In this uncertainty, there is concern about the security of Pakistan's nuclear weapons arsenal, thought to number up to 150 warheads, and capable of being deployed by U.S.-supplied F-16 fighter-bombers and locally produced versions of Chinese and North Korean missiles. Musharraf blames the past proliferation of nuclear technology on the rogue activities of disgraced nuclear scientist A. Q. Khan, who although no longer under house arrest, remains closely guarded and restricted. The alternative explanation -- that successive Pakistani military and political administrations traded Khan's uranium enrichment, bomb making, and missile skills for diplomatic favors with China, Iran, Libya, and North Korea -- suggests that Islamabad, which is currently prepared to defy Washington, could again engage in similar dangerous behavior. In brief telephone conversations with the media, Khan has recently claimed to be innocent of wrongdoing, and a full explanation could be imminent. Since his detention reportedly was one of the reasons for Musharraf's impeachment proceedings, Khan's complete freedom is a growing possibility. He could even emerge as the country's new president if a respected domestic figurehead is preferred over a political personality.
Challenges for the United States
Musharraf's resignation represents yet another failure for the Bush administration's Pakistan policy. Musharraf's help in arresting top al-Qaeda militants was equaled by the freedom he gave al-Qaeda sympathizers in the FATA. The more than $10 billion of U.S. military aid has been largely spent on enhancing Pakistan's capabilities against its historic rival India, rather than on the terrorist counterinsurgency. And while Musharraf took steps to stop nuclear proliferation, Pakistan greatly expanded its atomic weapons arsenal, boosted in part by the new acquisition of Chinese M-18 missiles.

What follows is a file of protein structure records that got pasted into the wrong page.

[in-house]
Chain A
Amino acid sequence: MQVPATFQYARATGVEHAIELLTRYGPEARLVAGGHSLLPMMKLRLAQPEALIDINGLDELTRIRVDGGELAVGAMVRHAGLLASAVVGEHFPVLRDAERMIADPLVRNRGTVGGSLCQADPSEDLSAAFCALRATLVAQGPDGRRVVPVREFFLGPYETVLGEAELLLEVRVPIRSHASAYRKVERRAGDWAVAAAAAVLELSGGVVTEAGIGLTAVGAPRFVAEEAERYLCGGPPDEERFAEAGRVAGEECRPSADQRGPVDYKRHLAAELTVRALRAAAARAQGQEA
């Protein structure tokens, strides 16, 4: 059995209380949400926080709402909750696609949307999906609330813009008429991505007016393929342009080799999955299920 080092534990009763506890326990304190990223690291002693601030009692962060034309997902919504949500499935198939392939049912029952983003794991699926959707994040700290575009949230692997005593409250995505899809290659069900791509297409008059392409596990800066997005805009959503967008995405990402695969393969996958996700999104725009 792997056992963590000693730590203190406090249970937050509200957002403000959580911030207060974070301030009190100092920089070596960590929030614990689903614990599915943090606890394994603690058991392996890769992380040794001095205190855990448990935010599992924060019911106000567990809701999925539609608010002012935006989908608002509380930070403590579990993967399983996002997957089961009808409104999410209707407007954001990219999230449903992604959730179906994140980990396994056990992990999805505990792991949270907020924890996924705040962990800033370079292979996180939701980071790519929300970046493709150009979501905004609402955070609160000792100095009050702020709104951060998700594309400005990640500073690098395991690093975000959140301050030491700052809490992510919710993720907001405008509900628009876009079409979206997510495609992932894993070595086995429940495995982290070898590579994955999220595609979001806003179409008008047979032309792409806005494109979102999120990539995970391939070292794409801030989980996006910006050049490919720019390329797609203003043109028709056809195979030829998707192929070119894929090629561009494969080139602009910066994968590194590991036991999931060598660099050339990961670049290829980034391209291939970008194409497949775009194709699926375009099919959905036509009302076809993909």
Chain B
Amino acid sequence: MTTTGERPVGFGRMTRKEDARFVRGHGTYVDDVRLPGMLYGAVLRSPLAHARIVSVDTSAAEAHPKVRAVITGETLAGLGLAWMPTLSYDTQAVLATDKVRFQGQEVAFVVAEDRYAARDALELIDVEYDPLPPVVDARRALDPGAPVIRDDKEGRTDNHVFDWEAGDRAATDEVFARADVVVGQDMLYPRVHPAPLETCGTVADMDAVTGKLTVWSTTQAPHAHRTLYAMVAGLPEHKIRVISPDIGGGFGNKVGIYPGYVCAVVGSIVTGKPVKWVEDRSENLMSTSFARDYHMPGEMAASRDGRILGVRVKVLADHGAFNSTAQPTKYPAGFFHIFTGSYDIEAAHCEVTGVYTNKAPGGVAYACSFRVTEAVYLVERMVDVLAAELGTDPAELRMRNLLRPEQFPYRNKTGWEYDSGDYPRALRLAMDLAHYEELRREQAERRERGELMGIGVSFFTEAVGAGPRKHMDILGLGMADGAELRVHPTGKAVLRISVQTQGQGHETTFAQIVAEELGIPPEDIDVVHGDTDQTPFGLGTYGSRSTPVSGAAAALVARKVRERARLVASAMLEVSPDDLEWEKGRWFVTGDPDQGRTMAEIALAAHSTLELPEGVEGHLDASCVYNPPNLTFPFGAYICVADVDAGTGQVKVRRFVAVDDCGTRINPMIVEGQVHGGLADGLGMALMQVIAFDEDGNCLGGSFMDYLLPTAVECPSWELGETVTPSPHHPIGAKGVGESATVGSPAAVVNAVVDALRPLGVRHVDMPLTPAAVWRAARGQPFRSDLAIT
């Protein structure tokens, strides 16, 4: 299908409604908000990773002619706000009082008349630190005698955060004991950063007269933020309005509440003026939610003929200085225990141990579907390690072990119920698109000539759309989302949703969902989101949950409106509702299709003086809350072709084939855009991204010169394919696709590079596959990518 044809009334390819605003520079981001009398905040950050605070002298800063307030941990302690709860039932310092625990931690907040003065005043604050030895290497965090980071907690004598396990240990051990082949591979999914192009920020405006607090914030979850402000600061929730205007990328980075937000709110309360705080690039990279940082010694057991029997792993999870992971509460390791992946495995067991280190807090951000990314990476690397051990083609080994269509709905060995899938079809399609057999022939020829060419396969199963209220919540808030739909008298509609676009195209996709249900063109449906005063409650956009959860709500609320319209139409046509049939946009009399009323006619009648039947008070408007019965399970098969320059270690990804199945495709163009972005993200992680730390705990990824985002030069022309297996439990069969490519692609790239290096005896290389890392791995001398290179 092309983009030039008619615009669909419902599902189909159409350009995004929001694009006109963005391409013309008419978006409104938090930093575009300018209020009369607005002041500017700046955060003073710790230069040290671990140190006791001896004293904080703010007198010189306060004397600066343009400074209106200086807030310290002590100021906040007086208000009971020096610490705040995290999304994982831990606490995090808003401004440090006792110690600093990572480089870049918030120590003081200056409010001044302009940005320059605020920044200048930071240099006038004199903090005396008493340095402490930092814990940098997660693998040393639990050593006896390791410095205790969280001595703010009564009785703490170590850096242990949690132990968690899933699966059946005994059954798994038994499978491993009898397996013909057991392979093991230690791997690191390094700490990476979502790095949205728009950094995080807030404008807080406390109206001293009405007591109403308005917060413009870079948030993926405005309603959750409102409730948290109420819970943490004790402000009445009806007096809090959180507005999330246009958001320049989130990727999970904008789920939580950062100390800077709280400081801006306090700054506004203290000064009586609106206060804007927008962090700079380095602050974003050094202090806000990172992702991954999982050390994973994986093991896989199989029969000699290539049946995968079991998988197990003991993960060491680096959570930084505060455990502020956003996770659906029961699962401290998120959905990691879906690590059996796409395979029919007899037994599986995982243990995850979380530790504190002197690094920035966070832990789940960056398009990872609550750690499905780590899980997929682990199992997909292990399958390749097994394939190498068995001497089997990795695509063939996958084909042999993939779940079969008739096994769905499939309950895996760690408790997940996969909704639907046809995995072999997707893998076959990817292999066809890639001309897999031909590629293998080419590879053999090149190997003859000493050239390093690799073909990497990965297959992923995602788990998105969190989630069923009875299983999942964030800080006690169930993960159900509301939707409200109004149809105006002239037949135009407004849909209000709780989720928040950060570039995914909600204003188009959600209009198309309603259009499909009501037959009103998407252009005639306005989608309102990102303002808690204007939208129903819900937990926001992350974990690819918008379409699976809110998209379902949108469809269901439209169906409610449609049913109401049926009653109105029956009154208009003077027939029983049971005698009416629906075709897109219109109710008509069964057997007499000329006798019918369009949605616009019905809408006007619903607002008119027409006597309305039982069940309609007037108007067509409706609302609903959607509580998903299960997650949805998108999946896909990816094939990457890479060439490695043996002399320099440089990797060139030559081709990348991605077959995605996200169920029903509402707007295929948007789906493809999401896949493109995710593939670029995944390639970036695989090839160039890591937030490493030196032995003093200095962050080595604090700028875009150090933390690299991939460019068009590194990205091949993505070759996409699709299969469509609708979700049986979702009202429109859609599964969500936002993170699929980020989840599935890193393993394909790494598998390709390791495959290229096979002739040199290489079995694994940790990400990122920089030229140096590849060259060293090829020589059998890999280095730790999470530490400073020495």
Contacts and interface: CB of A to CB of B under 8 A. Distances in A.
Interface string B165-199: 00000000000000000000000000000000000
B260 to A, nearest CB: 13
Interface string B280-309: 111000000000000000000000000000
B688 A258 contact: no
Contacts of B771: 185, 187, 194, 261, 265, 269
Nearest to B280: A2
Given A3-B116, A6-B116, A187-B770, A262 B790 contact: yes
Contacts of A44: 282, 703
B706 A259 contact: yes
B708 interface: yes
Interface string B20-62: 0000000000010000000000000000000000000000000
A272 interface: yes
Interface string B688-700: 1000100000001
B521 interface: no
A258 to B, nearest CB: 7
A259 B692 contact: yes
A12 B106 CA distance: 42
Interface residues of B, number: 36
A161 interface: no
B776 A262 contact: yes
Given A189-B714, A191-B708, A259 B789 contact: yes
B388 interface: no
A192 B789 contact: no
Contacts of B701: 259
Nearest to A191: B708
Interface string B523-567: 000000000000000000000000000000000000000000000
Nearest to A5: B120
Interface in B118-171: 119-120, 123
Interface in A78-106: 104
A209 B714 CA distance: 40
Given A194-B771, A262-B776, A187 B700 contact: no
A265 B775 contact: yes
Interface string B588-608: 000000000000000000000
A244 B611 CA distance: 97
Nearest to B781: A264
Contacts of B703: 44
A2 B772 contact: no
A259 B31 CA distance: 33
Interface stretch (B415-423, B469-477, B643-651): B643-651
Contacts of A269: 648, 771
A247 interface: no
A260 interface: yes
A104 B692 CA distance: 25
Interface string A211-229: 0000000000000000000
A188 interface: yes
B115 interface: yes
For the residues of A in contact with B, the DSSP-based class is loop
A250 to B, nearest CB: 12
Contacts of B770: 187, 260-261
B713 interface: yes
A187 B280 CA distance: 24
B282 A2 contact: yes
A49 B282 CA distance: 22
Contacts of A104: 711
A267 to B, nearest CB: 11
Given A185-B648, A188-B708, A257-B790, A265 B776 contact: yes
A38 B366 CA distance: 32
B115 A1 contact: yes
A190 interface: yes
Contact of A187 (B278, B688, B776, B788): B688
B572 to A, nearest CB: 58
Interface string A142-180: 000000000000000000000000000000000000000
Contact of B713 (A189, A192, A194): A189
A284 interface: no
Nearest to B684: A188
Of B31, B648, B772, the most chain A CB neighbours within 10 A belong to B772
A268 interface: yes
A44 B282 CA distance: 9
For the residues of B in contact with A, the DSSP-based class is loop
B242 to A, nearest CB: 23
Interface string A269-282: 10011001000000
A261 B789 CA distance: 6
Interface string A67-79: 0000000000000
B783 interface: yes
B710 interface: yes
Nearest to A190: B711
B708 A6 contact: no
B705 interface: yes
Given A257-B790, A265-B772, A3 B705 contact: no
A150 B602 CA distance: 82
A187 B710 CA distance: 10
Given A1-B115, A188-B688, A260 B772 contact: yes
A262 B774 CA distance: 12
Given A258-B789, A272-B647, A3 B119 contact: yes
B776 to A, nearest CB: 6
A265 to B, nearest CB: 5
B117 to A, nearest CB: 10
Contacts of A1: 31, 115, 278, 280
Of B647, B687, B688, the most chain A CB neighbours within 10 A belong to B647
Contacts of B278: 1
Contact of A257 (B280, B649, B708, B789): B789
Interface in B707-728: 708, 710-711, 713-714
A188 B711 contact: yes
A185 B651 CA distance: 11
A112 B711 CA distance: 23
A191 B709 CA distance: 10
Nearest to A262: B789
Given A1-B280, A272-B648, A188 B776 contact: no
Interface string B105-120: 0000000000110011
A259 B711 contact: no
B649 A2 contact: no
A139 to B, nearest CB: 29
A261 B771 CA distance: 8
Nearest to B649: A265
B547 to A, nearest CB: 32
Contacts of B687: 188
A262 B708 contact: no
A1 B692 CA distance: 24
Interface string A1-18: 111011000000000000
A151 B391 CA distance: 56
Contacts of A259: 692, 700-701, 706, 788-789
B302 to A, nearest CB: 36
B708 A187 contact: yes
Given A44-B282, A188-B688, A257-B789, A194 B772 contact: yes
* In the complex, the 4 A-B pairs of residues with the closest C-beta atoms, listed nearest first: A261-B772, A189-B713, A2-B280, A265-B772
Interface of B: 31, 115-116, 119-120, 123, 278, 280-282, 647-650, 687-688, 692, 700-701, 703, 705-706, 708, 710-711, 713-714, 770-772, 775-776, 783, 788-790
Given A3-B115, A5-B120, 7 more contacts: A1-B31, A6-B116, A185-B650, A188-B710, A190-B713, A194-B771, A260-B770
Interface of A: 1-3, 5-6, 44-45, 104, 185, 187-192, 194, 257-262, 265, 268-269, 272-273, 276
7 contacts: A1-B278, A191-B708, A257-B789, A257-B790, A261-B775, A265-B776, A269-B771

Although Musharraf's departure could be seen as a sign of Pakistan's growing democratic strength, the country's political and judicial systems are widely considered defunct. Zardari and Sharif both aspire to be the country's top political leader, but neither seems likely to accept second place quietly. Zardari's Pakistan People's Party (PPP) currently has the most seats in the parliament, but not a majority. Sharif's Pakistan Muslim League could be bolstered by defectors from Musharraf's party, and may overwhelm the PPP in any fresh elections, since its power base is the country's most populous province of Punjab.